The copy is all feature-drive, and provides no insight into deeper brand benefits, and perhaps more importantly, brand personality. Startups often know *what* to say, i.e. expressing their value proposition in terms of features and benefits. The challenge is moving from *what* to *how* to say it.

How you say something is what gives your brand meaning and personality. There are literally dozens of online survey tools, so how is your different? Brands like Mailchimp and Dollar Shave Club are great examples of building strong personalities around otherwise boring spaces, i.e. email marketing and men’s shaving products.

#4: Believing brand is about logos only

While having a great name and logo is important, brand development extends far beyond these elements. If your startup were a store, your name and logo would be the sign out front. They’d give customers some idea of who you are and what you do, but there’s more to the story.

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What’s on the inside, literally and metaphorically? How do you talk to customers? Are you to the point? Or more playful, perhaps a bit tongue-in-cheek? How do you handle customer service? Do you offer huge sales and discounts, or are prices consistently set?

Your brand is realized wherever your customers, employees, the press, and others, encounter your brand. For that reason, it’s hugely important that you carefully consider how your brand interacts with the world.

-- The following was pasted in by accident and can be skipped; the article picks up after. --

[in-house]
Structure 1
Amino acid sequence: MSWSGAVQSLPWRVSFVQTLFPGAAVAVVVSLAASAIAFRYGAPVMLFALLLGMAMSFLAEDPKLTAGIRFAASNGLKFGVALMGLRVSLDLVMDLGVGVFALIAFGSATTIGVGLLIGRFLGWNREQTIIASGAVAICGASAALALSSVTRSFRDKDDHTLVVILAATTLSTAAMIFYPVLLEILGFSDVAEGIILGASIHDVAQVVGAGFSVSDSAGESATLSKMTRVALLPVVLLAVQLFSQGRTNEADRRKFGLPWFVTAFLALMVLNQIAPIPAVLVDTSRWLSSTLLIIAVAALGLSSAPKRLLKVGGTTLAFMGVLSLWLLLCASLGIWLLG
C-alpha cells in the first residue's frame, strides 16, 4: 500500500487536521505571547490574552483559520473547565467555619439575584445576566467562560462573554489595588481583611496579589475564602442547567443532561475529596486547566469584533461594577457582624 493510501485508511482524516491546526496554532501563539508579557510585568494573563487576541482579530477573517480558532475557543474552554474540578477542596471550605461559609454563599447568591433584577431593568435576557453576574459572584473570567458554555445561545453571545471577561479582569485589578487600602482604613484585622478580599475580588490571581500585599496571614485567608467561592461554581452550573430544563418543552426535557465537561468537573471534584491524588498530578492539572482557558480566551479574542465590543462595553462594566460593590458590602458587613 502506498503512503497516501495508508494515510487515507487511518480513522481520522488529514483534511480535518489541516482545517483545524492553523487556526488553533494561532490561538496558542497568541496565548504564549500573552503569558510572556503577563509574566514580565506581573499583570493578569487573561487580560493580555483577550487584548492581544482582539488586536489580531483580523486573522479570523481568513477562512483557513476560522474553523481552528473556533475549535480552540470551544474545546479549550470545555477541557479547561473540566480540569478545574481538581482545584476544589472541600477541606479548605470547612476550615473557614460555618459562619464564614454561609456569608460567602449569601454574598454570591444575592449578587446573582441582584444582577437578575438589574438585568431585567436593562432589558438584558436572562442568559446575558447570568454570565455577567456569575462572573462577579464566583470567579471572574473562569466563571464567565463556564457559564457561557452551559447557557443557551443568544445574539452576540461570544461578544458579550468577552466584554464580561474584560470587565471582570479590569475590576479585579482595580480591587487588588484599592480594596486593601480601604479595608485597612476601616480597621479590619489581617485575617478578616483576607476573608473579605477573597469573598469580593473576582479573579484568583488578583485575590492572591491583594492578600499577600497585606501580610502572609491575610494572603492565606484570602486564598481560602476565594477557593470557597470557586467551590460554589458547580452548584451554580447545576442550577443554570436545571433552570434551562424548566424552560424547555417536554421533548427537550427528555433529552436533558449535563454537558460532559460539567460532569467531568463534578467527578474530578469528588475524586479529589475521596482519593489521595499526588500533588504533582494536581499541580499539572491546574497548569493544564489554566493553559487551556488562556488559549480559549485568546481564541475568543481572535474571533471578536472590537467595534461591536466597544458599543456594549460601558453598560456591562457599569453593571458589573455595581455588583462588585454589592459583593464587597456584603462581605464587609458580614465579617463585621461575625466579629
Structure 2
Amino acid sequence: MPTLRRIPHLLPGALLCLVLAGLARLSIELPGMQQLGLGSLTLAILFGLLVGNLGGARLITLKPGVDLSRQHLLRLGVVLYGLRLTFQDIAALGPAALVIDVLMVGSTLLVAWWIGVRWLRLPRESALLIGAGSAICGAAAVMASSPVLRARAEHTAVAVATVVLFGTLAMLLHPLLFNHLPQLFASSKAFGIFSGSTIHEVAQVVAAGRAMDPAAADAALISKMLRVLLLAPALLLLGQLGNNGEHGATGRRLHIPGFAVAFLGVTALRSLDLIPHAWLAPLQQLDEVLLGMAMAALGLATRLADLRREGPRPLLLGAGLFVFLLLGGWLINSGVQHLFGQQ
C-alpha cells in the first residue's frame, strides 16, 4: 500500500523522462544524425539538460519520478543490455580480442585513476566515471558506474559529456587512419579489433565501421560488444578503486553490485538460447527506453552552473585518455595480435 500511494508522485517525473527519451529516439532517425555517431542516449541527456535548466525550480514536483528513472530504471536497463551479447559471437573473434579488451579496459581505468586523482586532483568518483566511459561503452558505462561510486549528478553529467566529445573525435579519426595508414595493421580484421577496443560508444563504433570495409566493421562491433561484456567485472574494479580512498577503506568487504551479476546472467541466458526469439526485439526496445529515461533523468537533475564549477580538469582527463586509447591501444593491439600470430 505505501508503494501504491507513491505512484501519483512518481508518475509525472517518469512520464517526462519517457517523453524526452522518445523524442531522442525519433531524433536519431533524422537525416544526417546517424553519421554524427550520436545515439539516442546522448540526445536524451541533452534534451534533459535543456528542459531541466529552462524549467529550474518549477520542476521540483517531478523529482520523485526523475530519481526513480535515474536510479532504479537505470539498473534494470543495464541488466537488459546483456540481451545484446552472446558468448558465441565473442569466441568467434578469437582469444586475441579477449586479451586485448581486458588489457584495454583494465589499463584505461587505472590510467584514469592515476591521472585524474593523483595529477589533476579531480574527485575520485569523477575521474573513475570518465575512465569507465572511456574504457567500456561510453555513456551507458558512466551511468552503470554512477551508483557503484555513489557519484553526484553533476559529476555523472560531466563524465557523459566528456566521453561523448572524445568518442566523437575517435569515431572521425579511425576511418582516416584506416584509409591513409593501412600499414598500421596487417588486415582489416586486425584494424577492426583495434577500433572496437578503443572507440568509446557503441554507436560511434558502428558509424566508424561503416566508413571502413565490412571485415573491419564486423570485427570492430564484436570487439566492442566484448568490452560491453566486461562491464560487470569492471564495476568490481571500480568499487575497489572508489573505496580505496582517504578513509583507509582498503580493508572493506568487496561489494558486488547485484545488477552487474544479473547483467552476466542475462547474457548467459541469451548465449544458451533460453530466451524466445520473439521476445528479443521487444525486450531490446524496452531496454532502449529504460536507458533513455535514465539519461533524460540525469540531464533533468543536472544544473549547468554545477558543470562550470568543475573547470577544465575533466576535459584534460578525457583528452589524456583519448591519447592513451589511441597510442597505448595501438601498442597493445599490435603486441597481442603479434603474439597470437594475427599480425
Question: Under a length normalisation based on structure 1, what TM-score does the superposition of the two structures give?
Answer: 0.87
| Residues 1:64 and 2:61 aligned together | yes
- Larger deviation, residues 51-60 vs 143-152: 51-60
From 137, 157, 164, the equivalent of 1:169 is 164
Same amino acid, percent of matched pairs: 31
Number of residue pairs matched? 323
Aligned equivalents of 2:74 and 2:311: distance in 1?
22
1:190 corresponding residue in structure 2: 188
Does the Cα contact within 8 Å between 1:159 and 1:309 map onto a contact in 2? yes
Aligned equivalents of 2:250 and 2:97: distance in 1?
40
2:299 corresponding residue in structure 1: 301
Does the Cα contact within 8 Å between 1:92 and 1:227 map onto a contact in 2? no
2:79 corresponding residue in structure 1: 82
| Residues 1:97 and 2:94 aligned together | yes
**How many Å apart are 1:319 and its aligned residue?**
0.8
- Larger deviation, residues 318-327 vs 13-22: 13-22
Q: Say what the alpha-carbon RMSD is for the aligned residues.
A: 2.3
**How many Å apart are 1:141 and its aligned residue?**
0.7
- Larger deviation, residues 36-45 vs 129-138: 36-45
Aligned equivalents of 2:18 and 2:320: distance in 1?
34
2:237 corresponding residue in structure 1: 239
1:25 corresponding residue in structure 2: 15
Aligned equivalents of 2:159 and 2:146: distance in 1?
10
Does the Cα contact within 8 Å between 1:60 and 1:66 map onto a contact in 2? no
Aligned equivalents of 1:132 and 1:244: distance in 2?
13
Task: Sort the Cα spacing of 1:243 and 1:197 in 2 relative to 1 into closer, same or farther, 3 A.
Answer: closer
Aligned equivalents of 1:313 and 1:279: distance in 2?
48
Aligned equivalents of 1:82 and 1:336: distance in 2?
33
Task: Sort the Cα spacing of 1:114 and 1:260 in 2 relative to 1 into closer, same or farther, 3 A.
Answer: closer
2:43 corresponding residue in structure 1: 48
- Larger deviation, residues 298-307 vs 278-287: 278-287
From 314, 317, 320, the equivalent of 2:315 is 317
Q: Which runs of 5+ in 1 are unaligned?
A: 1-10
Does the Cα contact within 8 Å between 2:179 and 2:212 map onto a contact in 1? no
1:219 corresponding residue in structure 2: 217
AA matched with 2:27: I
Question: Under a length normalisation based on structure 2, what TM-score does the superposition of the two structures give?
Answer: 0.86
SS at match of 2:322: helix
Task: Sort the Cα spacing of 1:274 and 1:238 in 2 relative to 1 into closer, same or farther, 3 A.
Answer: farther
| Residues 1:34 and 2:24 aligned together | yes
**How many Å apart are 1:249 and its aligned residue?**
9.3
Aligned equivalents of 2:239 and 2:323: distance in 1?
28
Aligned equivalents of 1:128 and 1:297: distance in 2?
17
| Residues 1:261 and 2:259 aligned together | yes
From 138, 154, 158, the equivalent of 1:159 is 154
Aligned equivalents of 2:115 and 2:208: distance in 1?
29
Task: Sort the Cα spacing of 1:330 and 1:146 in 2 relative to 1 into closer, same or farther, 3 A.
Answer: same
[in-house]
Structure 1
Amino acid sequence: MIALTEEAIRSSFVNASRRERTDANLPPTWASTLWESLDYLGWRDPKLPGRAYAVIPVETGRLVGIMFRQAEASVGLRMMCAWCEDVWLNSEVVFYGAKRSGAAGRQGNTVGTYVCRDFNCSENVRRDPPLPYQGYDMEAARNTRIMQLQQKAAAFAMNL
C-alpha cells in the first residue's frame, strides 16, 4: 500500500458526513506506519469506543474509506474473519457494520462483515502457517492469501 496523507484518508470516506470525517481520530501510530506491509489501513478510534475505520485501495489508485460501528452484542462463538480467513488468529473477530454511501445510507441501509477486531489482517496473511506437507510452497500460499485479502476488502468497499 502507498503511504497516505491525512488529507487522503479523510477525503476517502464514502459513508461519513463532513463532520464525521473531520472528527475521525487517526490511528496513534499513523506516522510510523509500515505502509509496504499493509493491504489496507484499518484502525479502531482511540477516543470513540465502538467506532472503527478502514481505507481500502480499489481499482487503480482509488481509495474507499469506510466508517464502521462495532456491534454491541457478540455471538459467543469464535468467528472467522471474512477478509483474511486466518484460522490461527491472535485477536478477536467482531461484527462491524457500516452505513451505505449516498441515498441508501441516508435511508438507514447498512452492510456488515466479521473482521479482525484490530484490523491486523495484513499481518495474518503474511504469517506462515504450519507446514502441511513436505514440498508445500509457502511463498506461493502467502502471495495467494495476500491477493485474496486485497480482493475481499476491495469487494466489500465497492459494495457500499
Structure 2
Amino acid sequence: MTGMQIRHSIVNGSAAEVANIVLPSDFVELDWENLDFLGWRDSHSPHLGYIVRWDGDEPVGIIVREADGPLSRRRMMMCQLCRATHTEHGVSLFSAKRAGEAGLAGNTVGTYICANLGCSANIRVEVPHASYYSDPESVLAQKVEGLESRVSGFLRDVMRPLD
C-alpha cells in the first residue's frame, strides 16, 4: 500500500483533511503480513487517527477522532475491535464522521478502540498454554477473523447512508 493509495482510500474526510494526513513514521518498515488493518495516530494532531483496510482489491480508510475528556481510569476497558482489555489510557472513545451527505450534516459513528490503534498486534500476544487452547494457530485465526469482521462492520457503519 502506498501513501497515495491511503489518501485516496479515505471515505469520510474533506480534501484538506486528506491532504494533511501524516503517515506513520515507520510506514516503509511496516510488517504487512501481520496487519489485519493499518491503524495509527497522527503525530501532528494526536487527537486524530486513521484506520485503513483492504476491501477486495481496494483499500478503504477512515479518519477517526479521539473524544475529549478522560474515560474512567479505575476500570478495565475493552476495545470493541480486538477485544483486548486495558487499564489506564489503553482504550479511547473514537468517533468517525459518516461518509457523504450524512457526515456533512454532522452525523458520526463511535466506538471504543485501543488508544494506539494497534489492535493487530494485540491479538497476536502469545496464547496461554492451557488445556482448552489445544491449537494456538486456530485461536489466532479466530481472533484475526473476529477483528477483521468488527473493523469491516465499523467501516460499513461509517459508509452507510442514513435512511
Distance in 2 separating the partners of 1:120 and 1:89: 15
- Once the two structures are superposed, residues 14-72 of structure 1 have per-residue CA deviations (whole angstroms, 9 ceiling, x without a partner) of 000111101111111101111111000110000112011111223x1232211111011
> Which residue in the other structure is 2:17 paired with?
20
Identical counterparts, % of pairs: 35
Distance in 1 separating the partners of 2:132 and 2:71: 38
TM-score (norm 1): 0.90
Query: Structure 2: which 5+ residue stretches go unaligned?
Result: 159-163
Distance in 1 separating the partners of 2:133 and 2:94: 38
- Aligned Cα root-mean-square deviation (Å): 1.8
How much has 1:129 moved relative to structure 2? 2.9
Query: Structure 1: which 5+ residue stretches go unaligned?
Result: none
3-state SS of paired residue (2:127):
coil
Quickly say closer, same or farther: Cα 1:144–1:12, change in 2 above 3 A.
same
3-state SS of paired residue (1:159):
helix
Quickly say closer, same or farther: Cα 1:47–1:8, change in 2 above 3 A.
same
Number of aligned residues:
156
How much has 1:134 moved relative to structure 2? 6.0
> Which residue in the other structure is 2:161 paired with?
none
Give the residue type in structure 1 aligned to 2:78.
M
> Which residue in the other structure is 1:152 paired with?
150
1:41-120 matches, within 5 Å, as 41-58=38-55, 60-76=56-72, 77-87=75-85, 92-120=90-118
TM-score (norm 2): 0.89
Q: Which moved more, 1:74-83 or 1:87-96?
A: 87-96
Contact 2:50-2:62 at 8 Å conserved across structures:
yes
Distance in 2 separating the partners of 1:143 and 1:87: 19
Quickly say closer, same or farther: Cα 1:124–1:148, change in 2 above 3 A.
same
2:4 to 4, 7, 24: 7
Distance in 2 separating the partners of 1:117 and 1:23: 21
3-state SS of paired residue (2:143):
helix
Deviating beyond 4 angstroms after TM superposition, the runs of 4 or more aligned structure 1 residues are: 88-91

#5: Underestimating the power of the written word

There’s a reason your writing professor encouraged you to write tons of drafts before turning in an assignment. Your first stab at something, whether it’s an essay or your About Us or Plans & Pricing page, will rarely yield compelling work.

The first draft is basically raw material, comprised of the key facts and features of what your describing. Once the raw material is captured, it’s up to you and your team to rework it into something meaningful, that communicates and inspires.

For companies of all sizes and stage, creating a compelling brand is always important, but never easy. That’s doubly true for early-stage startups, who must endure the added challenge of building both a brand and the company. There’s no secret formula for creating great brands, but avoiding these common mistakes will ensure you don’t poison your company’s chance for connecting with customers to build trust and excitement.

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Written By

Marti Trewe reports on business and technology news, chasing his passion for helping entrepreneurs and small businesses to stay well informed in the fast paced 140-character world. Marti rarely sleeps and thrives on reader news tips, especially about startups and big moves in leadership.

2 Comments

2 Comments

  1. Vishal Kr Singh

    November 14, 2013 at 4:41 am

    I strongly disagree with your first point, rest of the points I have actually noted it down.
    Domain name and Web space gives you a feeling that you already have something which so many people can already see, a sense of ownership of the name you have been dreaming of day and night.

  2. Pingback: What entreprenuers can learn about branding from trendy startups